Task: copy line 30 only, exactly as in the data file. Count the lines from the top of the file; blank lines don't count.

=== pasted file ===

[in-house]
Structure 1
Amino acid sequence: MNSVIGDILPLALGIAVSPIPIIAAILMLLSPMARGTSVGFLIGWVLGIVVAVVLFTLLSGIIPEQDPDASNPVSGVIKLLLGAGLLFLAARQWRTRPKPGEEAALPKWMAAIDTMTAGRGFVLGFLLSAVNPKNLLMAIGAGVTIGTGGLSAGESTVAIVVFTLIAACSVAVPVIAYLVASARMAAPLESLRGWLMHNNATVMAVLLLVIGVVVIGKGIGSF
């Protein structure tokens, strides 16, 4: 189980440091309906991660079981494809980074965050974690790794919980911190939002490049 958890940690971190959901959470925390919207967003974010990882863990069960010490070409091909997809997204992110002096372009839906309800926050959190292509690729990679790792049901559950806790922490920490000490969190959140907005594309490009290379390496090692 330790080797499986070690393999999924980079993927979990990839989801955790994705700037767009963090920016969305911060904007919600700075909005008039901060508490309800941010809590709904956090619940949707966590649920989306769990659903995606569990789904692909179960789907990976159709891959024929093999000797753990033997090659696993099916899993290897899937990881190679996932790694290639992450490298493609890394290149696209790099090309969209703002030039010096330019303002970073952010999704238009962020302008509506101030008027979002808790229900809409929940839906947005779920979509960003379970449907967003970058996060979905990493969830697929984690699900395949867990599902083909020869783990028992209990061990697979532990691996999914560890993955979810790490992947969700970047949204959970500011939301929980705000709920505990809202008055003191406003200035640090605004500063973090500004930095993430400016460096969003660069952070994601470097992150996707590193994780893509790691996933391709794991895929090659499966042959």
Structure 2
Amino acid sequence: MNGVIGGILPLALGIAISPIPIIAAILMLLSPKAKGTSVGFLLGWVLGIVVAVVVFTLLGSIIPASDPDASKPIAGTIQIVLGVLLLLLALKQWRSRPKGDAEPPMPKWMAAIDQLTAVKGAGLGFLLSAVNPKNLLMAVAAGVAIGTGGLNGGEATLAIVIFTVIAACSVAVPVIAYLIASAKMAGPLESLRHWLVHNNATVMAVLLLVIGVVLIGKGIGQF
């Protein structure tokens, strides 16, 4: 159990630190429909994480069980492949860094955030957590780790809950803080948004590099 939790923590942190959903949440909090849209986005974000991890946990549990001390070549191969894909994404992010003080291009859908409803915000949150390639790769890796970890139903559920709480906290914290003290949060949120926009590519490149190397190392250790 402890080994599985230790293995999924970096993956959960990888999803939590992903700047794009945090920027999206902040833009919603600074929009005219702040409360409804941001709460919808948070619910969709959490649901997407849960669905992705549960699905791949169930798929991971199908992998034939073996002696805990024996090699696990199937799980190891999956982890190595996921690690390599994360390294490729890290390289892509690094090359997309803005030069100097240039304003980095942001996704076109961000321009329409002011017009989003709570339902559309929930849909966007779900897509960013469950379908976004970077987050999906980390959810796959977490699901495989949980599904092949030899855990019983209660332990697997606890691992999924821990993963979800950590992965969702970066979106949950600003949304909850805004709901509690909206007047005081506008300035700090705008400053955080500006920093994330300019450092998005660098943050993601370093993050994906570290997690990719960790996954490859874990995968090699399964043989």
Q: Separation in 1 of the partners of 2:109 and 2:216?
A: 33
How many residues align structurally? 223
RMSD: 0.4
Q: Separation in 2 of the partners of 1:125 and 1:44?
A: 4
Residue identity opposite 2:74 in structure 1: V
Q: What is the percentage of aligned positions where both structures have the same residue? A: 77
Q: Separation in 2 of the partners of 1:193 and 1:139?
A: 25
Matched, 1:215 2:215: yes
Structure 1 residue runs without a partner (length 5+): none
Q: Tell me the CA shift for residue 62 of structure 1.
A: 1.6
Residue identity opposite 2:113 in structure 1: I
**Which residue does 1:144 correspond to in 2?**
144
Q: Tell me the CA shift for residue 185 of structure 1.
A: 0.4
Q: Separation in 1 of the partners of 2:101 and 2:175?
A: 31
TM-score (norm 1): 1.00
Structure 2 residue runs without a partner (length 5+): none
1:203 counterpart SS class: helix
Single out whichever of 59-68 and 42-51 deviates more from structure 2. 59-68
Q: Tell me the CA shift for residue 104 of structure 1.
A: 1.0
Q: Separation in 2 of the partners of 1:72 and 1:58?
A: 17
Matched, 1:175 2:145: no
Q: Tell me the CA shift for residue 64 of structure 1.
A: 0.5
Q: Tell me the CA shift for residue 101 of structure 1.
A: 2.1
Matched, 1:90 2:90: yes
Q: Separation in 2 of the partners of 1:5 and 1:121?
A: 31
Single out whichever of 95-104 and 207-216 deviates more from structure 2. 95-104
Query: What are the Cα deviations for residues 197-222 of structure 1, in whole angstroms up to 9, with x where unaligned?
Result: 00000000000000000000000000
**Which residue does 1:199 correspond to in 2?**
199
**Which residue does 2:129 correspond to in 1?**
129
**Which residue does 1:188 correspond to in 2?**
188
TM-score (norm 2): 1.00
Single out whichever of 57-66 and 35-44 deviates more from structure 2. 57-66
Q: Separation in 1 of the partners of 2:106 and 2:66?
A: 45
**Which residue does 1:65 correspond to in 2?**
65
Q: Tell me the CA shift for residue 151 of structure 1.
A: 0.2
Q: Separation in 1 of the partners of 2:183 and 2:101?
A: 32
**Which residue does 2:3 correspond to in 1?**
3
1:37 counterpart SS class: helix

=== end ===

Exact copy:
Structure 2 residue runs without a partner (length 5+): none